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Federal Housing Finance Agency v. Nomura Holding America, Inc.

United States District Court, S.D. New York

February 10, 2015

NOMURA HOLDING AMERICA, INC., et al., Defendants.

Philippe Z. Selendy, Sascha N. Rand, Wing F. (Alex) Ng, QUINN EMANUEL URQUHART & SULLIVAN, LLP, New York, NY, Ror plaintiff Federal Housing Finance Agency.

David B. Tulchin, Steven L. Holley, Bruce E. Clark, Bradley A. Harsch, Katherine J. Stoller, SULLIVAN & CROMWELL LLP, New York, NY, Amanda F. Davidoff, Elizabeth A. Cassady, SULLIVAN & CROMWELL LLP, Washington, DC, for defendants Nomura Holding America, Inc., Nomura Asset Acceptance Corp., Nomura Home Equity Loan, Inc., Nomura Credit & Capital, Inc., Nomura Securities International, Inc., David Findlay, John McCarthy, John P. Graham, Nathan Gorin, and N. Dante LaRocca.

Thomas C. Rice, David J. Woll, Andrew T. Frankel, Alan Turner, Craig S. Waldman, SIMPSON THACHER & BARTLETT LLP, New York, NY, for defendant RBS Securities Inc.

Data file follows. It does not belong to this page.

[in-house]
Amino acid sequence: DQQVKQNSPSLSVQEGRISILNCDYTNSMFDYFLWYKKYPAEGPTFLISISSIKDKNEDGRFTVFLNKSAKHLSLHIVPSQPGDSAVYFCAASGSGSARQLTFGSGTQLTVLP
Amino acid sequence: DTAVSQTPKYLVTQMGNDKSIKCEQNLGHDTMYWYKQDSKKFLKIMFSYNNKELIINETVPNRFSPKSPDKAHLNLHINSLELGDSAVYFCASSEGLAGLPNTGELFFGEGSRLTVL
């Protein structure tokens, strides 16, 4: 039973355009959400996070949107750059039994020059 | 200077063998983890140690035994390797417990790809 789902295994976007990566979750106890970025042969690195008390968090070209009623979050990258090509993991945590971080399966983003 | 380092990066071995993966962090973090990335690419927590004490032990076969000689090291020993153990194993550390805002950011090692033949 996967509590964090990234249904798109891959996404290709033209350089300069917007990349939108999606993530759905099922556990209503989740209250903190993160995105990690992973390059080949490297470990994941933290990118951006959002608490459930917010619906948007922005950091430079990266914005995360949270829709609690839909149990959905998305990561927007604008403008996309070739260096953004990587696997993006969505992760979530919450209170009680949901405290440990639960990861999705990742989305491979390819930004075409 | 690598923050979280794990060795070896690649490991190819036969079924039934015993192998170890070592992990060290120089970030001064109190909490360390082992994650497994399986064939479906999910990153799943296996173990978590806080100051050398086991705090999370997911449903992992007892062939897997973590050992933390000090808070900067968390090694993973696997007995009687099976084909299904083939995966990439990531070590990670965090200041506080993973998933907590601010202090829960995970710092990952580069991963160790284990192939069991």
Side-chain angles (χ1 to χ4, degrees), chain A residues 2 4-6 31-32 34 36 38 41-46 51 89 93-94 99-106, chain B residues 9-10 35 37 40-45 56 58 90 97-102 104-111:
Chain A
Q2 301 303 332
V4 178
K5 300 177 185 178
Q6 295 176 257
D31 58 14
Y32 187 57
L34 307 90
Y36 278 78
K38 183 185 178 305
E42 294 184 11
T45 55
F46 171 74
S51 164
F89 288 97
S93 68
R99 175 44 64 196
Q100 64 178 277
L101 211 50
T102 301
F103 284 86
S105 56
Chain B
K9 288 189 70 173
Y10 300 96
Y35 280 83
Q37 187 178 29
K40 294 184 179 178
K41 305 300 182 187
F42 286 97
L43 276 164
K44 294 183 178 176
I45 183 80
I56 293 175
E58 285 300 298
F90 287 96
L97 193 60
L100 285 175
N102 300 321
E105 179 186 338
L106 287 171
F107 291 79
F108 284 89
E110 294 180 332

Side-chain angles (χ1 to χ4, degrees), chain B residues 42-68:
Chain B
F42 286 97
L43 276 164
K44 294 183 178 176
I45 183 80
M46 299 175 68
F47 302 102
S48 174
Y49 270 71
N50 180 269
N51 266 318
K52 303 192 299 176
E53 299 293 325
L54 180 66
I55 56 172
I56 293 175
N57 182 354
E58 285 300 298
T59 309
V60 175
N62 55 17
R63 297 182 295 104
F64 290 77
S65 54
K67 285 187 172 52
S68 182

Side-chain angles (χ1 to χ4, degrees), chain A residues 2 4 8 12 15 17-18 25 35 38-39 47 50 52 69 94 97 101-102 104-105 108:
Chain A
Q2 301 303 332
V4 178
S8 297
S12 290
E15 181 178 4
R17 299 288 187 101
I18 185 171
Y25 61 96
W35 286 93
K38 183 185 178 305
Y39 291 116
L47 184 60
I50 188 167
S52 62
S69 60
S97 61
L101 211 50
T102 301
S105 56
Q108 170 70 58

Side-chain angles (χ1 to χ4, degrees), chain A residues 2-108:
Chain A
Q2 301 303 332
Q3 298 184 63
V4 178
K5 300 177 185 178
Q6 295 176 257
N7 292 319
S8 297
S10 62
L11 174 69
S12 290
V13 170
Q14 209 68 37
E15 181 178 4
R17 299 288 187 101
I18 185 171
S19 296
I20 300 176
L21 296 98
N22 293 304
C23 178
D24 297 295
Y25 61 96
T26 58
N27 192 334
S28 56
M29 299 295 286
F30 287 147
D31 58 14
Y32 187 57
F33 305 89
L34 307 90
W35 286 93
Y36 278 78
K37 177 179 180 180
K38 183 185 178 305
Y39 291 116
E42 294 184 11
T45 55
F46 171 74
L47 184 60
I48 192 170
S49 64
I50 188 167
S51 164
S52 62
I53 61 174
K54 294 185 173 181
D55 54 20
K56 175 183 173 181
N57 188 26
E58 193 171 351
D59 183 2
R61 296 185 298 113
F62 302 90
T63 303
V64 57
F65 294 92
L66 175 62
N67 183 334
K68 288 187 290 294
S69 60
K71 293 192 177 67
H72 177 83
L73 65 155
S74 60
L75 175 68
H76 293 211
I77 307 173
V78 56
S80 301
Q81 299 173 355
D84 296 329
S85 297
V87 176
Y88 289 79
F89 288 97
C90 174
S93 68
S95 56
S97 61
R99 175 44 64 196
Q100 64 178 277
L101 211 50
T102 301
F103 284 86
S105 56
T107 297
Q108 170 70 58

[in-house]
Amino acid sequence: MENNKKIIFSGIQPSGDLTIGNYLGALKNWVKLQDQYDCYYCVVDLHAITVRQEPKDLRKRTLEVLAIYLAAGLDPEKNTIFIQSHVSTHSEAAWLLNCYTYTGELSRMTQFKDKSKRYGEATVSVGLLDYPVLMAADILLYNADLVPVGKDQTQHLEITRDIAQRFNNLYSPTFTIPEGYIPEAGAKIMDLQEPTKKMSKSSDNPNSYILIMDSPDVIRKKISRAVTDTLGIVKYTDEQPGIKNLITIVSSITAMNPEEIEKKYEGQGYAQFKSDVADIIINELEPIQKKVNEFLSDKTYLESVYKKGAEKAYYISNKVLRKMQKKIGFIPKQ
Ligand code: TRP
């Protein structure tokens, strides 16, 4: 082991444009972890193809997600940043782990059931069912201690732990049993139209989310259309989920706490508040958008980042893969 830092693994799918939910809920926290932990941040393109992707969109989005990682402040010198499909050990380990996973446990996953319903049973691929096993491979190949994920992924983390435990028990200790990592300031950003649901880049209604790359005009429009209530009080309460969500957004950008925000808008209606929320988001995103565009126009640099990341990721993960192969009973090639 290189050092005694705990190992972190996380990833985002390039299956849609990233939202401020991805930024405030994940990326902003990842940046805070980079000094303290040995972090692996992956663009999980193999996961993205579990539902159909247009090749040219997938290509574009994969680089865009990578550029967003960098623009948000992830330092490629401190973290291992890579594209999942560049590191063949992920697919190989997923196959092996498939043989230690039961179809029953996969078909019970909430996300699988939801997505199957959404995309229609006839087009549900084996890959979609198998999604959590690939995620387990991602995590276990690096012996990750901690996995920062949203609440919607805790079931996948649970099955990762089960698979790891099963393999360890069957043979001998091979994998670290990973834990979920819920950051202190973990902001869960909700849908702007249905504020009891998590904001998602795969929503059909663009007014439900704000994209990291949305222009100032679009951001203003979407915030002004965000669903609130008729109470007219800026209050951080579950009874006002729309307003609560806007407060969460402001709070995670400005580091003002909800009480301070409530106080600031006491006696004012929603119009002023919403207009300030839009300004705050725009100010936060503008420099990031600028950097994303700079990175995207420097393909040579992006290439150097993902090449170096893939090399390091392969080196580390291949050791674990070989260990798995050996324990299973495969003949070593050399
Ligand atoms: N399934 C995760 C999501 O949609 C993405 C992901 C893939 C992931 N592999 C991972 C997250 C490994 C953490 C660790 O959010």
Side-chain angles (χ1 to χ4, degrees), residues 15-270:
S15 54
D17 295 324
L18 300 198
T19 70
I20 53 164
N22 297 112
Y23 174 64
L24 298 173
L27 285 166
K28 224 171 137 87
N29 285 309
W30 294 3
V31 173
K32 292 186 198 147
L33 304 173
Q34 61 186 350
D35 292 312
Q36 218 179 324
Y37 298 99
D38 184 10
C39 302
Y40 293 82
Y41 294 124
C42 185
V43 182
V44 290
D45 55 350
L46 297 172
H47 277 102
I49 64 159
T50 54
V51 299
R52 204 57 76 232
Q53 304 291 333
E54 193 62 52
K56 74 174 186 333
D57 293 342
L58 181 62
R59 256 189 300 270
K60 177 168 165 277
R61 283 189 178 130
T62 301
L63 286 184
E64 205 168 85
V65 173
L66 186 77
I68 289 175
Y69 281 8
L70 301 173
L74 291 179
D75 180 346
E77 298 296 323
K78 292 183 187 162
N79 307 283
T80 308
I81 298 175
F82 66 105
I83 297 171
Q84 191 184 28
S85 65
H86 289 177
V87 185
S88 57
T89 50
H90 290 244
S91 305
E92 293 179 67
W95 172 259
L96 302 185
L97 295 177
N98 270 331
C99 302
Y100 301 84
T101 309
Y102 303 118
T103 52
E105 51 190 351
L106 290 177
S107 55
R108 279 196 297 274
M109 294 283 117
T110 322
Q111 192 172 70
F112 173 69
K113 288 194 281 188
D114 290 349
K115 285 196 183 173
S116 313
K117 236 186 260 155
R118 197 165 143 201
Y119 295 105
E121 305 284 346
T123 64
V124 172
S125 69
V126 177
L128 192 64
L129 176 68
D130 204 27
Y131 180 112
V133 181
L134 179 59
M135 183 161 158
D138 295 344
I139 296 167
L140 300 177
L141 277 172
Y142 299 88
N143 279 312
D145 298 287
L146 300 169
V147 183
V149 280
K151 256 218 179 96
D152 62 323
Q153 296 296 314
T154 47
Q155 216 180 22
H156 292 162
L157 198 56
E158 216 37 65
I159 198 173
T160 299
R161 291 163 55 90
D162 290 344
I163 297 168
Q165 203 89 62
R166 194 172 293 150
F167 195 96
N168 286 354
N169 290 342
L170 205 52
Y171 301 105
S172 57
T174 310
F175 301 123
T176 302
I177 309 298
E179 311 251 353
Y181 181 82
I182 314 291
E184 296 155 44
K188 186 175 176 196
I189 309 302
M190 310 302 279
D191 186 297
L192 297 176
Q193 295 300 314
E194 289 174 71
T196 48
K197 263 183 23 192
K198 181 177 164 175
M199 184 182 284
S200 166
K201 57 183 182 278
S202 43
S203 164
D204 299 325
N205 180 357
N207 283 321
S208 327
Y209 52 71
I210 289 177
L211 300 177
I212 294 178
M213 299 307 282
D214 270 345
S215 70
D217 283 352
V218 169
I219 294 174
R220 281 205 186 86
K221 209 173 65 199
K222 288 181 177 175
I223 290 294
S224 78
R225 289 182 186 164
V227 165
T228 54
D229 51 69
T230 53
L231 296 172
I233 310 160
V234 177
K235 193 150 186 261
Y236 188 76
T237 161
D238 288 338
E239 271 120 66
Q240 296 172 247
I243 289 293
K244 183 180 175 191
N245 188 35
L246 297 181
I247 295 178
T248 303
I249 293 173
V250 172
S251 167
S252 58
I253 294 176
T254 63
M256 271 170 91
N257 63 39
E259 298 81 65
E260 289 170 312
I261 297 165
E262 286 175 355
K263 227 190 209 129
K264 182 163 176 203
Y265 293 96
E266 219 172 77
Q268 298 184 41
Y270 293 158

DENISE COTE, District Judge.

This Opinion addresses two motions. One is plaintiff Federal Housing Finance Agency's ("FHFA") motion to exclude the expert testimony of defendants'[1] expert witness Kerry Vandell ("Vandell"), whom defendants retained to provide expert testimony on the loss causation defense under Section 12 of the Securities Act, and those aspects of defendants' expert witness Timothy Riddiough's ("Riddiough") loss causation damages calculation that rely on Vandell's analysis. Vandell's loss causation analysis made use of three "benchmark" groups of loans. Because defendants have failed to show that those benchmarks provide a reliable basis for the comparisons that Vandell makes, FHFA's motion to exclude the expert testimony of Vandell, and those aspects of Riddiough's calculation that rely on Vandell's testimony, is granted. Because FHFA's motion to exclude Vandell's testimony is granted, defendants' motion to exclude the expert testimony of Anthony Saunders ("Saunders"), offered by FHFA to rebut Vandell, is denied as moot.